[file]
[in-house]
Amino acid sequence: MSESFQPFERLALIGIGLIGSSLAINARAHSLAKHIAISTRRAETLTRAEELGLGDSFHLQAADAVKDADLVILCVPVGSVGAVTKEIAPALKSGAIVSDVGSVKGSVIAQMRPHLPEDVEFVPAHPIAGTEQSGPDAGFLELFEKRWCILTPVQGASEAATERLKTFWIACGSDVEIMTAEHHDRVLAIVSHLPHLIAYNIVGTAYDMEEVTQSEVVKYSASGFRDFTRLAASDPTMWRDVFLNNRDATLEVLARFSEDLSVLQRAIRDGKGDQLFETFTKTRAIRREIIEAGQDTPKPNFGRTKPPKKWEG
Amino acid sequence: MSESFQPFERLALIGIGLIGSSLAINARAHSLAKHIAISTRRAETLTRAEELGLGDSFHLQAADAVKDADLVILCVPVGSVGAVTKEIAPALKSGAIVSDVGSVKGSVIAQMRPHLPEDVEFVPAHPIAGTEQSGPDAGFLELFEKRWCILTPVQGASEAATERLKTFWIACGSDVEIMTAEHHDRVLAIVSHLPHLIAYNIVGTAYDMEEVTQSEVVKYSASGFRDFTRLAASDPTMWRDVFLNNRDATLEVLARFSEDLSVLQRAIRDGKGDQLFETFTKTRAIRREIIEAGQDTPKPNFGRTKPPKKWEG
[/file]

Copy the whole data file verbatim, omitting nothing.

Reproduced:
[in-house]
Amino acid sequence: MSESFQPFERLALIGIGLIGSSLAINARAHSLAKHIAISTRRAETLTRAEELGLGDSFHLQAADAVKDADLVILCVPVGSVGAVTKEIAPALKSGAIVSDVGSVKGSVIAQMRPHLPEDVEFVPAHPIAGTEQSGPDAGFLELFEKRWCILTPVQGASEAATERLKTFWIACGSDVEIMTAEHHDRVLAIVSHLPHLIAYNIVGTAYDMEEVTQSEVVKYSASGFRDFTRLAASDPTMWRDVFLNNRDATLEVLARFSEDLSVLQRAIRDGKGDQLFETFTKTRAIRREIIEAGQDTPKPNFGRTKPPKKWEG
Amino acid sequence: MSESFQPFERLALIGIGLIGSSLAINARAHSLAKHIAISTRRAETLTRAEELGLGDSFHLQAADAVKDADLVILCVPVGSVGAVTKEIAPALKSGAIVSDVGSVKGSVIAQMRPHLPEDVEFVPAHPIAGTEQSGPDAGFLELFEKRWCILTPVQGASEAATERLKTFWIACGSDVEIMTAEHHDRVLAIVSHLPHLIAYNIVGTAYDMEEVTQSEVVKYSASGFRDFTRLAASDPTMWRDVFLNNRDATLEVLARFSEDLSVLQRAIRDGKGDQLFETFTKTRAIRREIIEAGQDTPKPNFGRTKPPKKWEG